The story was based on the 1963 novel Mute Witness by the great Robert L. Fish, the author of Pursuit. Peter Yates had done primarily television work at that point in his career and worked closely with McQueen and his production company. Composer Lalo Schifrin’s distinctive jazz influenced score was not the first of its kind, having done something similar on The Liquidator three years earlier. He had also written the music for McQueen’s film The Cincinnati Kid the same year. McQueen’s performance is quite unique, in that he tends to have very little dialogue, keeping his thoughts to himself and letting his actions speak for him. Simon Oakland is also enjoyably restrained, years before he would become a caricature in Kolchak: The Night Stalker. A young Jacqueline Bisset is McQueen’s love interest, but it’s a small part and not very crucial to the plot. Of course the iconic scene in the film is the ten-minute car chase. McQueen is being tailed, which he realizes before it even starts, and he loses the tail quickly, then suddenly appears in the rearview mirror behind the hit men. It’s a nice moment. Schifrin’s music gradually builds along with the scene and overall it exudes a genuine sense of realism. But that was the intent with the entire film, real locations throughout rather than any studio work. The prominence of the city also led to a string of crime dramas set there, the most popular being the Dirty Harry series with Clint Eastwood. Ultimately Bullitt is an impressive piece of work for McQueen and everyone involved, and arguably the seminal work in pre-seventies police films.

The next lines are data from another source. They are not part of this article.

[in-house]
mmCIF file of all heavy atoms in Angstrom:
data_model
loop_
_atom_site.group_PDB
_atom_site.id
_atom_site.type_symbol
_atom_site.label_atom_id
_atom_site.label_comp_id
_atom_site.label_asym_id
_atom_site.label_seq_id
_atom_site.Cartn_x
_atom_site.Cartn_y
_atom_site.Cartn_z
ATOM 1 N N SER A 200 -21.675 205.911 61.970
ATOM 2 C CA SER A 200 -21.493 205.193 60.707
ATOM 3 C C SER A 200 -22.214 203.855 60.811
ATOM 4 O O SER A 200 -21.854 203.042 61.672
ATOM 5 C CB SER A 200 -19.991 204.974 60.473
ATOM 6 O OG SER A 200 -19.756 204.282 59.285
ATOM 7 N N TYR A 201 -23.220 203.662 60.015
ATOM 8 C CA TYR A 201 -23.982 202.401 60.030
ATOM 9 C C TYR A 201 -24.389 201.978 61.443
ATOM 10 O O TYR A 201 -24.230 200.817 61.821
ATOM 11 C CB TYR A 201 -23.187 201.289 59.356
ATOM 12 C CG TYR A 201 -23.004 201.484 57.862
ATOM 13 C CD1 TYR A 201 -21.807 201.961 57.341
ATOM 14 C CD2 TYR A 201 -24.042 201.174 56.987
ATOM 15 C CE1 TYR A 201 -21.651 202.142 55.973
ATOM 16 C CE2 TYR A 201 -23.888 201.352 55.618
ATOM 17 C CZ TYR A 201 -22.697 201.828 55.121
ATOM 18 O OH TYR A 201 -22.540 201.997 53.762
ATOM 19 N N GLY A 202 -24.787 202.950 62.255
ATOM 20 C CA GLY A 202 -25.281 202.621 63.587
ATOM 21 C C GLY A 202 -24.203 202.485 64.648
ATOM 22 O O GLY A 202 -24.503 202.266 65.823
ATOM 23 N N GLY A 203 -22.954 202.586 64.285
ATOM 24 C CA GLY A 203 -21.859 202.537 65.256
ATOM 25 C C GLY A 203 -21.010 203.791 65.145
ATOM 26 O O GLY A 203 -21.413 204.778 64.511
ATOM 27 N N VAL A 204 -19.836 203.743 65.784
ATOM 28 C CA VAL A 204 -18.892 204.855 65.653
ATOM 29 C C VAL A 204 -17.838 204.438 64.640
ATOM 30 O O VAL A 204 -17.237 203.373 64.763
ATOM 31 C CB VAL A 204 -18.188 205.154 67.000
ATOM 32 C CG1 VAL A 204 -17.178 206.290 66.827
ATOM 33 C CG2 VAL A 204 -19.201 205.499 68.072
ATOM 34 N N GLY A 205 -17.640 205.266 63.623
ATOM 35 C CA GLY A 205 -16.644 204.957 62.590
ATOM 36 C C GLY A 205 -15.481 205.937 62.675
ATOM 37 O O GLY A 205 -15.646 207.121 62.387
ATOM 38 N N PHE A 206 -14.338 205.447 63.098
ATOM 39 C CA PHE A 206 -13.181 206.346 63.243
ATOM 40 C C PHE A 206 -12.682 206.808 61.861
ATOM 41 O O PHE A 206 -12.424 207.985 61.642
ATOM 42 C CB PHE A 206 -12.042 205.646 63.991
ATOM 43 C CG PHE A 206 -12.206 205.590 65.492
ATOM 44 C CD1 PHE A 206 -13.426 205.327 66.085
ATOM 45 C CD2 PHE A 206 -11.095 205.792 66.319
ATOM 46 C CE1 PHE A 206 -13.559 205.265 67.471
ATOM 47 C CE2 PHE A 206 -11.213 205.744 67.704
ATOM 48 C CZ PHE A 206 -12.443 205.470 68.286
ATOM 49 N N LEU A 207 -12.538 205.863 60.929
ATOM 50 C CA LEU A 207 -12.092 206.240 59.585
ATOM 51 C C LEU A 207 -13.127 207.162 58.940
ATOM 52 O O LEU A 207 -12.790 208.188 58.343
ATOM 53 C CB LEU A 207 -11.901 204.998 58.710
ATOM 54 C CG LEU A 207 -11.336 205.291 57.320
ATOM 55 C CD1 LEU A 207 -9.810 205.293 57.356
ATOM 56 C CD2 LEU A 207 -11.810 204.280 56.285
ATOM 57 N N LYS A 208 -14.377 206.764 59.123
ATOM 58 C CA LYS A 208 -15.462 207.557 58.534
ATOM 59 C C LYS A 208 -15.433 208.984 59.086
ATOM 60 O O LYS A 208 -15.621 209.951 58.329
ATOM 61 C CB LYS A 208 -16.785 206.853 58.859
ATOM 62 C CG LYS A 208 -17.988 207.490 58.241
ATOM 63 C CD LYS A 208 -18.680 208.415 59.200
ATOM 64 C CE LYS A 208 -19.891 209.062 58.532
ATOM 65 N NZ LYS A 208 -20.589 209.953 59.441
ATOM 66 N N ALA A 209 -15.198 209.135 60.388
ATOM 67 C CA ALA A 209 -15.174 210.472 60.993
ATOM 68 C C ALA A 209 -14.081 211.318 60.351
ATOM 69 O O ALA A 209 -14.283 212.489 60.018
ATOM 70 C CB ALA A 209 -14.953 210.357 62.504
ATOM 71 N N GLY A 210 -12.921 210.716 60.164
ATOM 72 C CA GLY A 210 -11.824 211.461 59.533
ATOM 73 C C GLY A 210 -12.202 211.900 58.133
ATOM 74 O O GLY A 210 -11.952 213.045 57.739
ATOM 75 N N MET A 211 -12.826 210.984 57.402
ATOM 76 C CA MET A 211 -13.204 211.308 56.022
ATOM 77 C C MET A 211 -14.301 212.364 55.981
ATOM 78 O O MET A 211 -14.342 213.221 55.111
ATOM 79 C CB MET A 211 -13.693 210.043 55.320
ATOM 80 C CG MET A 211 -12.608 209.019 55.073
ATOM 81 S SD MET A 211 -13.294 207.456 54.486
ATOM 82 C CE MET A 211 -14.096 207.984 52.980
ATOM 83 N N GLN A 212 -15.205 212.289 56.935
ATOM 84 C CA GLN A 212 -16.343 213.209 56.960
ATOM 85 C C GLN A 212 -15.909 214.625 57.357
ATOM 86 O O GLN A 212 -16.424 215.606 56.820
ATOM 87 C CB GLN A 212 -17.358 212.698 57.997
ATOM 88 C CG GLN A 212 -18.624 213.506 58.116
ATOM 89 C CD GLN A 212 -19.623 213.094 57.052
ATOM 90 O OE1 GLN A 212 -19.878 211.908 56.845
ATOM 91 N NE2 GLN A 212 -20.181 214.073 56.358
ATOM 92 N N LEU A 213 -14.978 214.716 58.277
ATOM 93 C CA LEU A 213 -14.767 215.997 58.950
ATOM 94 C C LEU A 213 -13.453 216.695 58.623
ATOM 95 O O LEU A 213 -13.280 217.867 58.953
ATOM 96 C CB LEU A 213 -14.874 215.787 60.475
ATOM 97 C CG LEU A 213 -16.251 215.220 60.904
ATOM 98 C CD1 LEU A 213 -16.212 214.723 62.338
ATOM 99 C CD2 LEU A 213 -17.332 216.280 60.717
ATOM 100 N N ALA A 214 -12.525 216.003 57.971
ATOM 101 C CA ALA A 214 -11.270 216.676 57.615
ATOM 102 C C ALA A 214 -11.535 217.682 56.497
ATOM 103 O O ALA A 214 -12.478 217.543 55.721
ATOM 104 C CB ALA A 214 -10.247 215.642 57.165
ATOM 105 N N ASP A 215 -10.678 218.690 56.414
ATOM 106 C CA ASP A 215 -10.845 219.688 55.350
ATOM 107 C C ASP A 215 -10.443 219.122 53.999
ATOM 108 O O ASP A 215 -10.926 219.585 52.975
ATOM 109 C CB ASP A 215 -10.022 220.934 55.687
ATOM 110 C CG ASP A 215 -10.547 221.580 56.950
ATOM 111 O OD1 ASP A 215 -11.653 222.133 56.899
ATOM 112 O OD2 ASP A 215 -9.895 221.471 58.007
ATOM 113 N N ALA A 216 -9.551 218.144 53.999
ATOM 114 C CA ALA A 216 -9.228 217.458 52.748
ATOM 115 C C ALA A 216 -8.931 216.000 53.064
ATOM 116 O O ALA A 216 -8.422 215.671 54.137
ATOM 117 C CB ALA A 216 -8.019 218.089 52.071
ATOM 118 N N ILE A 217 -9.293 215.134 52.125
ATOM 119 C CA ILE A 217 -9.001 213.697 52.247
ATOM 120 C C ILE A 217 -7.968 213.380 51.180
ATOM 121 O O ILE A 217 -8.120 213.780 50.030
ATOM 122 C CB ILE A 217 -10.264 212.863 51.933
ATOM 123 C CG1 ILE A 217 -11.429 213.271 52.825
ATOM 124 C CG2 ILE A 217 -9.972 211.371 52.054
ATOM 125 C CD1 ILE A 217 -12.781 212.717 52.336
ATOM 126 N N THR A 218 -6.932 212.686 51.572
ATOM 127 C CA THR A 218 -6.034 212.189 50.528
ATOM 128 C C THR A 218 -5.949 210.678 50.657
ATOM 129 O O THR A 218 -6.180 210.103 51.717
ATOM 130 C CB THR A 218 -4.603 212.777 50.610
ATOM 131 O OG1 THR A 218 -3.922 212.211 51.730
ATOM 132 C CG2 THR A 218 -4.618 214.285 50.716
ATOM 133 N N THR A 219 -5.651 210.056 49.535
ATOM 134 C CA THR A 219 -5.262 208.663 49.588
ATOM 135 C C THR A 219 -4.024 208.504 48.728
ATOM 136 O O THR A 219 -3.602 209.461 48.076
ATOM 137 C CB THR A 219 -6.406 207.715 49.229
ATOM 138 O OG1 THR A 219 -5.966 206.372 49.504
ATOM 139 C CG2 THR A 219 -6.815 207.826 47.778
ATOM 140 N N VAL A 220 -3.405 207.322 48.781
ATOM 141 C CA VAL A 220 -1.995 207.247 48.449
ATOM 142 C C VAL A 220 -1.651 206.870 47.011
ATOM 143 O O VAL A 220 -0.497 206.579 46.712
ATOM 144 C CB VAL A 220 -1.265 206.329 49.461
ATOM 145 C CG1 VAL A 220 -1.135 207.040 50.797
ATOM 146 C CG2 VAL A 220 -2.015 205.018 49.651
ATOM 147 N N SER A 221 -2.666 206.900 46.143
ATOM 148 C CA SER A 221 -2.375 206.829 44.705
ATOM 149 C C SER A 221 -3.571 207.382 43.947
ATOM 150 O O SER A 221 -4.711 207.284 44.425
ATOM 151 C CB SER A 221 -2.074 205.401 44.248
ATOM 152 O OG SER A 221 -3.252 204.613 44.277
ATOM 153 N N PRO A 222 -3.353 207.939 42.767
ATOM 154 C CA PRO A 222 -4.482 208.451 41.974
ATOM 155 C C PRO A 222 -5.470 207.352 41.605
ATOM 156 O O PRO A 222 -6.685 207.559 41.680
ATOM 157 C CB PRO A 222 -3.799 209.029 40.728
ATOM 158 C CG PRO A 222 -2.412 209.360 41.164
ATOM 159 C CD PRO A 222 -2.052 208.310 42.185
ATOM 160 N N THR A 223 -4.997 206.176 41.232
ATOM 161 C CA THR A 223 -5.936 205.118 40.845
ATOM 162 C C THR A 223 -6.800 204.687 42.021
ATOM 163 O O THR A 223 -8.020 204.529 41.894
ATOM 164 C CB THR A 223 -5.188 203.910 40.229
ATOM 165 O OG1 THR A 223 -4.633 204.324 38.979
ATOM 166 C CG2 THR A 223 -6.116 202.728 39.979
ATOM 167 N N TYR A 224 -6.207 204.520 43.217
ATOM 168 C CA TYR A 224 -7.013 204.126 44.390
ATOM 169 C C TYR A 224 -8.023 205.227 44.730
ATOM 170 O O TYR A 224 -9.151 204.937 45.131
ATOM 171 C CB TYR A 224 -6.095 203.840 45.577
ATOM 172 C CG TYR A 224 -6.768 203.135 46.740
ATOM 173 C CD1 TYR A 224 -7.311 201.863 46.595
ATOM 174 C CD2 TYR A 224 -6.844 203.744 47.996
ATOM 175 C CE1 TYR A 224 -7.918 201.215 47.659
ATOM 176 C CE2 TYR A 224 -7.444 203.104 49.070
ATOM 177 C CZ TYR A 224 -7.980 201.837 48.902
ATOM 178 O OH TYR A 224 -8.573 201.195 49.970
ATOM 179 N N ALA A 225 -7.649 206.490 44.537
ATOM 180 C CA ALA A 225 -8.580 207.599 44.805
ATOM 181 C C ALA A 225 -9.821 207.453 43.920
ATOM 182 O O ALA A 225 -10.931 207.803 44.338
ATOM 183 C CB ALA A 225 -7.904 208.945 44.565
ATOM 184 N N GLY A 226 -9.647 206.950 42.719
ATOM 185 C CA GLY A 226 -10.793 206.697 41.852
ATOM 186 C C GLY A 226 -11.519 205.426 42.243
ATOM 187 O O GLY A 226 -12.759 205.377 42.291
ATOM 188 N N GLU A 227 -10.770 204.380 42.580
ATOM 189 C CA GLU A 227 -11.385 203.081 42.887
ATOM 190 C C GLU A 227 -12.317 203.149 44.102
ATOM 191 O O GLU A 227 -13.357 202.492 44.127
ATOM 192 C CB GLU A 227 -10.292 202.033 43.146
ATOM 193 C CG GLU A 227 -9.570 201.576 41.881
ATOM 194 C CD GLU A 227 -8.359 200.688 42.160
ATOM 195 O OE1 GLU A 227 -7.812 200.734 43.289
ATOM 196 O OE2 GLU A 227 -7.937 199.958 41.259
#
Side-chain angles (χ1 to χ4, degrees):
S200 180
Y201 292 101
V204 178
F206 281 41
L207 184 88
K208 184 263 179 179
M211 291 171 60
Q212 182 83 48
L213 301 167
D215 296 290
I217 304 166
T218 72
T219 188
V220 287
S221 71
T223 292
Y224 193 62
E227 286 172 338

Wednesday, July 26, 2017

Truck Turner (1974)

Director: Jonathan Kaplan                                Writers: Oscar Williams & Michael Allin
Film Score: Isaac Hayes                                   Cinematography: Charles F. Wheeler
Starring: Isaac Hayes, Yaphet Kotto, Alan Weeks and Nichelle Nichols